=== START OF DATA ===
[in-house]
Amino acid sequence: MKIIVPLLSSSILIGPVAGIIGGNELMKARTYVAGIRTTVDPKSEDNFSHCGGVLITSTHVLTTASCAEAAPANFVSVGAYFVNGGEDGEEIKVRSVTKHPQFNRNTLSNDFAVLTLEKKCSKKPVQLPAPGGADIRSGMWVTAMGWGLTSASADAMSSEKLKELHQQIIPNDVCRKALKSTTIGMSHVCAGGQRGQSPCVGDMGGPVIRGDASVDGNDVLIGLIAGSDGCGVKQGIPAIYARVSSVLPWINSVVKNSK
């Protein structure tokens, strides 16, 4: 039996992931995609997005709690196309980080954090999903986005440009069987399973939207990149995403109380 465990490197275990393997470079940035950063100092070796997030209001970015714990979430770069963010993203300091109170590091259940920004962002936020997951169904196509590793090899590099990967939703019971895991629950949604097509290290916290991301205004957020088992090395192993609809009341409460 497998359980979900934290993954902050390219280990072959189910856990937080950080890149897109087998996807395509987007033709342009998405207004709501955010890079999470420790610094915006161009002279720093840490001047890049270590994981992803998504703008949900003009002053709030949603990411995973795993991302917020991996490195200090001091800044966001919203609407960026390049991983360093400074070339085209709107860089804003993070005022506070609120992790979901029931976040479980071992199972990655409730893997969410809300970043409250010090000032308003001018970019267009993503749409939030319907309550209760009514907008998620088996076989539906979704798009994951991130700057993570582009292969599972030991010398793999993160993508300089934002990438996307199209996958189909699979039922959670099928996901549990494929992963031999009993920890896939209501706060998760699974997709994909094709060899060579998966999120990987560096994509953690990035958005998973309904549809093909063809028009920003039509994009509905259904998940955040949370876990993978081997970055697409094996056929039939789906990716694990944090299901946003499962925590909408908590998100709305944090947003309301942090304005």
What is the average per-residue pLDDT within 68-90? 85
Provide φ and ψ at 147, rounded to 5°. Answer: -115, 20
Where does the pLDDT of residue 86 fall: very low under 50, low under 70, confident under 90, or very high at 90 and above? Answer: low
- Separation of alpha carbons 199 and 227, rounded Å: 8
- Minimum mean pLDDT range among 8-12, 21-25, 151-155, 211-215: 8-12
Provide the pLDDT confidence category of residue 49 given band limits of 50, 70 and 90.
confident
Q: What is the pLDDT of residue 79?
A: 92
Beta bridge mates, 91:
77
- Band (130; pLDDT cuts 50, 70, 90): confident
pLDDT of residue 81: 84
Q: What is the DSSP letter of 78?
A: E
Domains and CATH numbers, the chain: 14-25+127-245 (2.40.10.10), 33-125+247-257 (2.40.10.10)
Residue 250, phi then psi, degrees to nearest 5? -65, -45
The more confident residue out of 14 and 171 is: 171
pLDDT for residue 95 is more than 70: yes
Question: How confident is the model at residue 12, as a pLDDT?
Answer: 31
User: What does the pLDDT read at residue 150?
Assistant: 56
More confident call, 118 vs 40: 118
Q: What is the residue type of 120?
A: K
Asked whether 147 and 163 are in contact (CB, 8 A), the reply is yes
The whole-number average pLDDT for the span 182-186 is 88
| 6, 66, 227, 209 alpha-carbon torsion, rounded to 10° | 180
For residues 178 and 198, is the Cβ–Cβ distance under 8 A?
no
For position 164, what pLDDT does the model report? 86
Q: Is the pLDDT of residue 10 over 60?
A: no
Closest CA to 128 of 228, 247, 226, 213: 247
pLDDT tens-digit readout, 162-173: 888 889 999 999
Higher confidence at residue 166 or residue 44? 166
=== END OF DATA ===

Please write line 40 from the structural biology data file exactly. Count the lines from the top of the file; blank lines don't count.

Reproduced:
Higher confidence at residue 166 or residue 44? 166